First Bowie Starman demo up for auction

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Media captionA demo of David Bowie’s hit song Starman

A demo believed to be the first recording of David Bowie’s hit song Starman is being put up for auction.

The 1971 tape had been packed away in a box and “totally forgotten about” for almost 50 years.

Bowie can be heard on the demo telling guitarist Mick Ronson he had not finished the song when he tried to end the recording.

Ronson gave the demo to his friend Kevin Hutchinson, an aspiring musician, to help him learn the song in 1971.

But Mr Hutchinson listened to the song, labelled it “David Bowie rehearsal tape” and packed it away in his loft.

The demo also contains recordings of Bowie songs Moonage Daydream and Hang Onto Yourself.

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David Bowie performs on stage on his Ziggy Stardust/Aladdin Sane tour in London, 1973

Mr Hutchinson, who is now selling the tape, said: “I remember listening to it and thinking, ‘This is OK.’ I didn’t think, ‘This is fantastic.’

“At 16, you’re not totally impressed. Nothing impresses you.”

He kept the tape despite moving house several times and now Mr Hutchinson thinks it’s “phenomenal… obviously”.

The song featured in the 1972 Ziggy Stardust concept album, which propelled Bowie to fame.

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Bowie died on 10 January 2016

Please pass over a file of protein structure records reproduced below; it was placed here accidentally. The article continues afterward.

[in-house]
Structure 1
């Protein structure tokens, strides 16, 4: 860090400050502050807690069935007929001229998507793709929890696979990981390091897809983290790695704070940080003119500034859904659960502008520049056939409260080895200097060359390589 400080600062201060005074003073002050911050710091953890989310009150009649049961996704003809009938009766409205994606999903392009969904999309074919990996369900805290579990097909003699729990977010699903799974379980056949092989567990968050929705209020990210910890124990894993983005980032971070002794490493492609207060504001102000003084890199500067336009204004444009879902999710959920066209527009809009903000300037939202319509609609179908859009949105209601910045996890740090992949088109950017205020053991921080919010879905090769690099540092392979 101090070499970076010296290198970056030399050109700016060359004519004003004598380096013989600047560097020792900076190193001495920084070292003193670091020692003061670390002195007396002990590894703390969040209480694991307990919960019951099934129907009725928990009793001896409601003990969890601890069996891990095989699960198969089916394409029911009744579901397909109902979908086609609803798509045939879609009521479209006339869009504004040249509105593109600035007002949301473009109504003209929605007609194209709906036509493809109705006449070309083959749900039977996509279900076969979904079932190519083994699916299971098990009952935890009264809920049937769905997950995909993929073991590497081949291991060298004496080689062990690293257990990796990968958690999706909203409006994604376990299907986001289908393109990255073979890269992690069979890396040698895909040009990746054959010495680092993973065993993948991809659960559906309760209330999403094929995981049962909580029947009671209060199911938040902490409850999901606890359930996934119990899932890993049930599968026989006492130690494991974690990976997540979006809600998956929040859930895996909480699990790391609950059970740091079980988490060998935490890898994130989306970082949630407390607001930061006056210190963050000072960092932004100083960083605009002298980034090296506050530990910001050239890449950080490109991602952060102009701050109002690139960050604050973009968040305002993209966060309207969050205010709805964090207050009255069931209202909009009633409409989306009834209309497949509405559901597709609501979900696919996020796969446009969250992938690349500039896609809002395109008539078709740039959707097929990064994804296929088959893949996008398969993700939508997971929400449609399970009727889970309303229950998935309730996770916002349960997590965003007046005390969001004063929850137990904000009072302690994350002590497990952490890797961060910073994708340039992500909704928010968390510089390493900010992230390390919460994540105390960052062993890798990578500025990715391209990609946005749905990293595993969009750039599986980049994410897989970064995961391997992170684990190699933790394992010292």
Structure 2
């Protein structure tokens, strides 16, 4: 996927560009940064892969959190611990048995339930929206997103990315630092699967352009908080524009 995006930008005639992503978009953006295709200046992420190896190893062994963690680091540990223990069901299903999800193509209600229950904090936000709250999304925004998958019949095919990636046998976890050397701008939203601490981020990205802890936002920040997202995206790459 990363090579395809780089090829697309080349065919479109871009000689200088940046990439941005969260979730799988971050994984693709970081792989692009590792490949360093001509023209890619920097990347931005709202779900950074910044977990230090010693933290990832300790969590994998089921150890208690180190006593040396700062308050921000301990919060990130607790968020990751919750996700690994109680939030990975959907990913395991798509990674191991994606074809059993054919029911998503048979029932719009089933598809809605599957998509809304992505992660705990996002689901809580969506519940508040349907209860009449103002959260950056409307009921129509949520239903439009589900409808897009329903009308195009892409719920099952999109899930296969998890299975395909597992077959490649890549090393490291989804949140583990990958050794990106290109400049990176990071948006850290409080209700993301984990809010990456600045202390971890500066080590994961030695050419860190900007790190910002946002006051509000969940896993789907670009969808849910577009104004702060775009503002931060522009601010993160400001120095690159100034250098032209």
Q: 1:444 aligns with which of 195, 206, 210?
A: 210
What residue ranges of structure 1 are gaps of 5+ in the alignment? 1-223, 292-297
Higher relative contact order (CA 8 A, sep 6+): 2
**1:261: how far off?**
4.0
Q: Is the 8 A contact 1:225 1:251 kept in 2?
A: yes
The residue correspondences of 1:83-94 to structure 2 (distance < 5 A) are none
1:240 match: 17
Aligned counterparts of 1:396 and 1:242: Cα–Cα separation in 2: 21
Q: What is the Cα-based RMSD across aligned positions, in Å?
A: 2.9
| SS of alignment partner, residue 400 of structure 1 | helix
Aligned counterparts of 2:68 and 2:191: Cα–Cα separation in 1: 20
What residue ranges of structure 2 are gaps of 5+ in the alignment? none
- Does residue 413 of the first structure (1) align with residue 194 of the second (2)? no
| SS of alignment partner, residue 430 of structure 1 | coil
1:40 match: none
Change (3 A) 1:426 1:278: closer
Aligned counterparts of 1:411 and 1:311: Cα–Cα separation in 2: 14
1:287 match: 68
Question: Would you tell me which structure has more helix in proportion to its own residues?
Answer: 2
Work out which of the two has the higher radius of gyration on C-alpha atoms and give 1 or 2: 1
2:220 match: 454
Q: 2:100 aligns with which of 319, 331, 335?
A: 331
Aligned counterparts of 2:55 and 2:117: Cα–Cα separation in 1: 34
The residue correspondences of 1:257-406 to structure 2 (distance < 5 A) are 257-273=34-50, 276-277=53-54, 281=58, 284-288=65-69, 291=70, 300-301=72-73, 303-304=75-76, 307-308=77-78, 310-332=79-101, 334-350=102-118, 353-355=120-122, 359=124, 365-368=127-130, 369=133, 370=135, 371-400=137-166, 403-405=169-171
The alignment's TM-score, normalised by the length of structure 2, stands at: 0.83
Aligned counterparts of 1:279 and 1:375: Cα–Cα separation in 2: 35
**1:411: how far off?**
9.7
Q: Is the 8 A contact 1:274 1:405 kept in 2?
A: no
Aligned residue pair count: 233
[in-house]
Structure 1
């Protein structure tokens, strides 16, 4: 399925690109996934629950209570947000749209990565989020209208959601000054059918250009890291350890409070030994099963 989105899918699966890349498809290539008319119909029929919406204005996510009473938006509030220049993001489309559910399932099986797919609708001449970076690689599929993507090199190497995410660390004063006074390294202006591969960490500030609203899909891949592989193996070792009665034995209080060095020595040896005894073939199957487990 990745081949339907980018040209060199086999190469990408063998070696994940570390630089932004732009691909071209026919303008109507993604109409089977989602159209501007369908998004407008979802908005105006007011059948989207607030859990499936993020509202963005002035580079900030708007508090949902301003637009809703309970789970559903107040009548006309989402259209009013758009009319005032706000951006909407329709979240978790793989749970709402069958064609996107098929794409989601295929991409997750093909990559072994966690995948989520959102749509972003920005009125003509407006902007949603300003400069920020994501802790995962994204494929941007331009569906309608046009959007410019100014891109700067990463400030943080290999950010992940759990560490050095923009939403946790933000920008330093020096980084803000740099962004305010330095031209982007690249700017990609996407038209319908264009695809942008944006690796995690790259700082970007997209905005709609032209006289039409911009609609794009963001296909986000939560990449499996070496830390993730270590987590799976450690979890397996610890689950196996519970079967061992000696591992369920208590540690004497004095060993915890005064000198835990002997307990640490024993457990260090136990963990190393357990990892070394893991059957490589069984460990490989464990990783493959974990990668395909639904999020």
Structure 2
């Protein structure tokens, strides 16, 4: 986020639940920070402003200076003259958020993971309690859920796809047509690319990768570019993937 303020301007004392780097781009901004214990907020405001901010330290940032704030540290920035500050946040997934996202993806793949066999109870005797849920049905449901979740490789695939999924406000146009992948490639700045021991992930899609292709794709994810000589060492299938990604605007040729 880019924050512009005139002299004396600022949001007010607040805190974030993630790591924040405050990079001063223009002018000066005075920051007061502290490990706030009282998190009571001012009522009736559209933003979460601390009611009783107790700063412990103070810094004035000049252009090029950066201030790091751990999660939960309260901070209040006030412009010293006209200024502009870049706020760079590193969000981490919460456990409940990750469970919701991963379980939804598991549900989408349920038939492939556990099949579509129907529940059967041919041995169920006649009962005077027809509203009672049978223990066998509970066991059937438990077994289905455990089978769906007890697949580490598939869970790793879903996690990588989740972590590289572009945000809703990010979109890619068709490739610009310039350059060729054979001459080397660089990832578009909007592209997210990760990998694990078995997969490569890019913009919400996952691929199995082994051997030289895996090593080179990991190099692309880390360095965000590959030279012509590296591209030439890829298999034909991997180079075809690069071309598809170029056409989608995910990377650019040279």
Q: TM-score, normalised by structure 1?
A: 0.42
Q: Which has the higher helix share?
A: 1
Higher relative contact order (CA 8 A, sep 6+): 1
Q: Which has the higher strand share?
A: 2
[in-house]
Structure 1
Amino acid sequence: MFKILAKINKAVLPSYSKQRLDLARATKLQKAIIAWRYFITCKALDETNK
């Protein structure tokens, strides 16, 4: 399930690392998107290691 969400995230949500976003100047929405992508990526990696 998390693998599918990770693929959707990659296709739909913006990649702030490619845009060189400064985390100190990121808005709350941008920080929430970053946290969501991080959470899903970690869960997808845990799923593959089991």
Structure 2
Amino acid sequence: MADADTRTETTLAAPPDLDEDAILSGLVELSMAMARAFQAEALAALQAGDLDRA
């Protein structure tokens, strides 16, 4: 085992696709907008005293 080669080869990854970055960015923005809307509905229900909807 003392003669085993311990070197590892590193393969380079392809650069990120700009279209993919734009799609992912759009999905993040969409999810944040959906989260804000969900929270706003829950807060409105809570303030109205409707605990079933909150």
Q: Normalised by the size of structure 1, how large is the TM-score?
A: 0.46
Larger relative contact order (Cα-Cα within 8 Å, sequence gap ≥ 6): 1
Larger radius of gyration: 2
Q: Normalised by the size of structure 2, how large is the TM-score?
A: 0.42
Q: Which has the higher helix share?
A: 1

The demo will be auctioned on Tuesday at Omega Auctions in Newton-le-Willows, where it is expected to sell for £10,000.

Mr Hutchinson retrieved the tape from his loft after watching a documentary about Bowe, who died aged 69 in 2016.

He told BBC Radio Humberside in 2017 that he had forgotten about the tape and was “staggered” when he heard the quality of it.

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Media captionThe many faces of David Bowie

Mr Hutchinson said his wife Claire had prompted his memory after remembering his story about Ronson.

He said: “I think she thought I didn’t have the tape because when you say to someone, ‘I once did some stuff with Mick Ronson and with David Bowie, people think, ‘Yeah tell me another one.'”

He said he “couldn’t believe it” when he found and played it, describing the recording as “superb”.

“You can tell that Mick has never heard the song before because at the end he is just about to turn the tape recorder off and Bowie says, ‘Hang on. There’s a little bit more,” Mr Hutchinson said.

Dan Hampson, assistant auction manager at Omega Auctions, said the tape was “possibly the first ever demo version of Starman”.

“There’s a lot of Bowie mythology around the writing of this timeless classic, and the raw and truly beautiful version heard here helps to provide a fascinating insight into the creative process of a bona fide genius,” he added.

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